I have a great appreciation for creatives. I know so many amazing photographers it’s not even funny. I know even more amazing designers who have taught me more than I ever thought I could learn. It’s a rare thing when great photographers are also incredible designers and Glyn Dewis is both – and more because he’s also an inspiring instructor.
Great photographers and great designers know the secret to realizing their vision is to see the final image in your mind and then use the tools at your disposal to fulfill that vision. Cameras and software are tools but having vision is something you need to find within. What Glyn has created with his first book, appropriately titled: “the Photoshop Workbook”, is an instruction manual to using one of the most important tools that can help you start thinking about your final images in a whole new way.
For this weeks Featured Image of the Week I want to share a shot from my recent visit to see the National D-Day Memorial and talk about a technique I use when processing a shot like this to get a nice contrast in my final image.
Today I want to share a trick I use for Extending Focus Depth with Photoshop. It turns out there’s a feature in Photoshop that makes this super easy. I use this technique for lots of different situations but for this article I’ll talk about how it helps me when I’m shooting macro with a long lens. Continue reading →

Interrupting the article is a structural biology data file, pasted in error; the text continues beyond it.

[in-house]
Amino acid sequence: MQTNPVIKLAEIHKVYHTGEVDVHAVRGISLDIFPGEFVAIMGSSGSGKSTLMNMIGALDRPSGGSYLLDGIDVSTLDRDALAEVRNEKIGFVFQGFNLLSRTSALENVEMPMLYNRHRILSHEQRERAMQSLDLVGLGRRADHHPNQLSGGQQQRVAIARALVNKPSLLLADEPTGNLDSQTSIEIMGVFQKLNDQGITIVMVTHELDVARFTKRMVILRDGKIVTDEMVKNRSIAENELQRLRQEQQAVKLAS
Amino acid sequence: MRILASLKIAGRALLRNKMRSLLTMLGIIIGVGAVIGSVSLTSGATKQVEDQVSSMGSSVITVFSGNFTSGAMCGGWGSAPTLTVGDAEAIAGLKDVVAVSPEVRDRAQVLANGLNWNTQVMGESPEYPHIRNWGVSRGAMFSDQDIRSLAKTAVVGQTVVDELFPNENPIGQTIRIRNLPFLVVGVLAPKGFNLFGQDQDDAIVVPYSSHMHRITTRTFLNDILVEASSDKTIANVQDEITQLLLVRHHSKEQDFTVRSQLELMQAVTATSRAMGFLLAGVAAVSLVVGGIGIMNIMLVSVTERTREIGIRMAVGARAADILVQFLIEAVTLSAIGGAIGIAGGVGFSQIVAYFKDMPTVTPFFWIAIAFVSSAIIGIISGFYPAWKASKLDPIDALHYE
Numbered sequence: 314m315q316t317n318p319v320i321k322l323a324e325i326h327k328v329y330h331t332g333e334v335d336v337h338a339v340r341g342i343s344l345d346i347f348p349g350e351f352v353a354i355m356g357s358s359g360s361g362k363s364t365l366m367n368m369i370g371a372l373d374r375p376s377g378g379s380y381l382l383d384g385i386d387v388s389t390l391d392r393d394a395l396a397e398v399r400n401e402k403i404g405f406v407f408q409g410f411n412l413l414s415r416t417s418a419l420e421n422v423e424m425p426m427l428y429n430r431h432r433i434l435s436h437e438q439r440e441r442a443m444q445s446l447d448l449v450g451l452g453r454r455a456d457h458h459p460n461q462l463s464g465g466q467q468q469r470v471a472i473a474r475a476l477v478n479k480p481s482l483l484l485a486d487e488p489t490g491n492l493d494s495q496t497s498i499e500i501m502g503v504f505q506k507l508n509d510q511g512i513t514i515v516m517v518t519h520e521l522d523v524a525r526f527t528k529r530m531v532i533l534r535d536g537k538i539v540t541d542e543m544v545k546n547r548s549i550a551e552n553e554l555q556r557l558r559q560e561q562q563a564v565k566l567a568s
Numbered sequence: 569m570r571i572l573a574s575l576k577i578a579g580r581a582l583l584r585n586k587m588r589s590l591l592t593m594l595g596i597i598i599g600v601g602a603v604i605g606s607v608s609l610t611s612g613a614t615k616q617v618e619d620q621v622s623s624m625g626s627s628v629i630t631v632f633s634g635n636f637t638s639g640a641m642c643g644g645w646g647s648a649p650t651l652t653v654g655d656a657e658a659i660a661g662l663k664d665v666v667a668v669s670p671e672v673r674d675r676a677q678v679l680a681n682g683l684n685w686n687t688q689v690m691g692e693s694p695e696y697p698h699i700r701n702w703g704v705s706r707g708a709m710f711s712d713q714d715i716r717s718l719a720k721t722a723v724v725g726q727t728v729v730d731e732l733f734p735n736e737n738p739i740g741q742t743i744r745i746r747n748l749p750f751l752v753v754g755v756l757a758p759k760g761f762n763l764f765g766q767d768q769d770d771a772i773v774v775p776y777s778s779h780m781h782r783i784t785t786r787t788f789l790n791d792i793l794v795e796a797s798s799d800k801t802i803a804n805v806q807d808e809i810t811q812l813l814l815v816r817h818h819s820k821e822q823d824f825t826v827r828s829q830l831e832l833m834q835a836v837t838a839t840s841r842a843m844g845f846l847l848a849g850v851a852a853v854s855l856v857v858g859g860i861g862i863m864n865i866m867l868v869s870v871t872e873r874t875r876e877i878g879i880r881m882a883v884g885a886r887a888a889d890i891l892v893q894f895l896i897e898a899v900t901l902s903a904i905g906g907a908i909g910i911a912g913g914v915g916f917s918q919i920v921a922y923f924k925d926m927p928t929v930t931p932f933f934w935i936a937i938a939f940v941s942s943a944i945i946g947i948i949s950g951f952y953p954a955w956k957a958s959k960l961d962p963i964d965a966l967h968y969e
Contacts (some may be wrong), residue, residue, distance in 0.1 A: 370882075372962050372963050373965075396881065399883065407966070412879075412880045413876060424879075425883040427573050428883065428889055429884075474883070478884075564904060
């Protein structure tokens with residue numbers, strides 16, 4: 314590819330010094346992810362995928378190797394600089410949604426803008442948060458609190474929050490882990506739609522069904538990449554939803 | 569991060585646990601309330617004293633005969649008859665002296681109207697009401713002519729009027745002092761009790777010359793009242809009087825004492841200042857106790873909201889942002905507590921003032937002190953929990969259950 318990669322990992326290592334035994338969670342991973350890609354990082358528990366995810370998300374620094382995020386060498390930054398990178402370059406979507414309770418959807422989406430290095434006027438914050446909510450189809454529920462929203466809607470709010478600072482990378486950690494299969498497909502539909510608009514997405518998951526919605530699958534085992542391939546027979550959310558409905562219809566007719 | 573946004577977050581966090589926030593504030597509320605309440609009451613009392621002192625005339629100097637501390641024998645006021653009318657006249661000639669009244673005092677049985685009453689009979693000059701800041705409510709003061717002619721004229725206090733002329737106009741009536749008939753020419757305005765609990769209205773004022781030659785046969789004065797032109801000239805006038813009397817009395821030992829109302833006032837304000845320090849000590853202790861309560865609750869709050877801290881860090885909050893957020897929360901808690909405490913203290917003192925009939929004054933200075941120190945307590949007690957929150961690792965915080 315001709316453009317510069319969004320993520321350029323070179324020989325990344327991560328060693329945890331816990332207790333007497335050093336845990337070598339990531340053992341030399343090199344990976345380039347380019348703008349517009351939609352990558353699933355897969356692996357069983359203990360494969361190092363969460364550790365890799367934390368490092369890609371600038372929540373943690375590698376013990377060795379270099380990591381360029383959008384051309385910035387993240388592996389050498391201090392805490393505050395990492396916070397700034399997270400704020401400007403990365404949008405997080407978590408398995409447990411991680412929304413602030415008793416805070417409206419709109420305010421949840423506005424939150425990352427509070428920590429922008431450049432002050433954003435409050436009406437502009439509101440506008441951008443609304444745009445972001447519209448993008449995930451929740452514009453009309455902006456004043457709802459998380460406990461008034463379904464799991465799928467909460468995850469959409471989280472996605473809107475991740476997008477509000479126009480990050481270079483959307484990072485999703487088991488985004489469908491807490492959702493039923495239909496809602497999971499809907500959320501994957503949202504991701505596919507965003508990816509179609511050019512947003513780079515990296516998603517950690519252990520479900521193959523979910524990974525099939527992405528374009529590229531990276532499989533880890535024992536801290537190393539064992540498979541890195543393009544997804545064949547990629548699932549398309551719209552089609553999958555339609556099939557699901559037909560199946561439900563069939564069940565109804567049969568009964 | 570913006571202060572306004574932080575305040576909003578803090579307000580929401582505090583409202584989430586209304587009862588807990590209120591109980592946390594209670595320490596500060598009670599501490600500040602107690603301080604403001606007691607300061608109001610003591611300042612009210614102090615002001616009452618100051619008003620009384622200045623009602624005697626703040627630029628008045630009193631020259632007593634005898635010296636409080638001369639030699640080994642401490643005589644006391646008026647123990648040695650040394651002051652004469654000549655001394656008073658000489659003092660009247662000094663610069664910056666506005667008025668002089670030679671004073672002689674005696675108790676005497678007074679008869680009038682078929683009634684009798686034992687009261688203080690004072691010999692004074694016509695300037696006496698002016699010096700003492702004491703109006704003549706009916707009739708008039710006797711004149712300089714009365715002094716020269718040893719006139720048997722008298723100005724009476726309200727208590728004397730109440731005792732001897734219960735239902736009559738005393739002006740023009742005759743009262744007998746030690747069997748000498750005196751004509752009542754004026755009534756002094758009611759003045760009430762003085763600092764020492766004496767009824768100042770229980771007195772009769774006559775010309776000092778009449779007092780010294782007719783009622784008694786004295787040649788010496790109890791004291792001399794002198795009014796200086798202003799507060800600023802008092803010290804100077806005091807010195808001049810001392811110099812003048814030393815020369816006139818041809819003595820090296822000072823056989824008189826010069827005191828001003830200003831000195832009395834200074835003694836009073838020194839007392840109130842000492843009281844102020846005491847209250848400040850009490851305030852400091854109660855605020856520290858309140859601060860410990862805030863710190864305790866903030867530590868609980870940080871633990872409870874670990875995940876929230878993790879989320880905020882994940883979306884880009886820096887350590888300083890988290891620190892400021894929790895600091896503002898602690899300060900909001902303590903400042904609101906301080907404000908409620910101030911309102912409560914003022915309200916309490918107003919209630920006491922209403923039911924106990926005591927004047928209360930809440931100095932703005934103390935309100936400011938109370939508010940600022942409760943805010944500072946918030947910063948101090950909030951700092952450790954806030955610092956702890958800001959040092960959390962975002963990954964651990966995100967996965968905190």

I’m a big believer in finishing an image. Back when I used to shoot Film my pictures were finished by a lab that developed my film and created the prints. Choices like film type and what kind of paper you printed on made a huge difference in how a final print turned out. Now, with digital photography, we can use software to develop our pictures to represent our unique vision of a shot. While some people resist the idea of modifying an image after it was shot, I’m at the other end of the spectrum. Not only do I embrace the idea, I like to push the boundaries. My tools of choice are Adobe Lightroom and Photoshop but there’s plenty of other choices when it comes to picture editing software.
But editing images can be time consuming and may require extensive training and experience. One popular solution to these problems is using plug-ins. Two companies (onOne and Nik) have dominated the plug-in market. I like to try new things so recently I installed a plug-in from onOne Software to give it a try. For this blog entry I’ll talk about my first experiences using Perfect Effects and I’ll share a before and after of an image.
In this blog entry I’ll finish sharing my current HDR workflow. In the first part of this series I talked about camera settings, using Lightroom to process a bracketed set of images, using Photoshop to merge the bracketed set into a 32 bit per channel HDR file and tone-mapping with Photoshop HDR Pro. If you haven’t read part 1 you can find it here.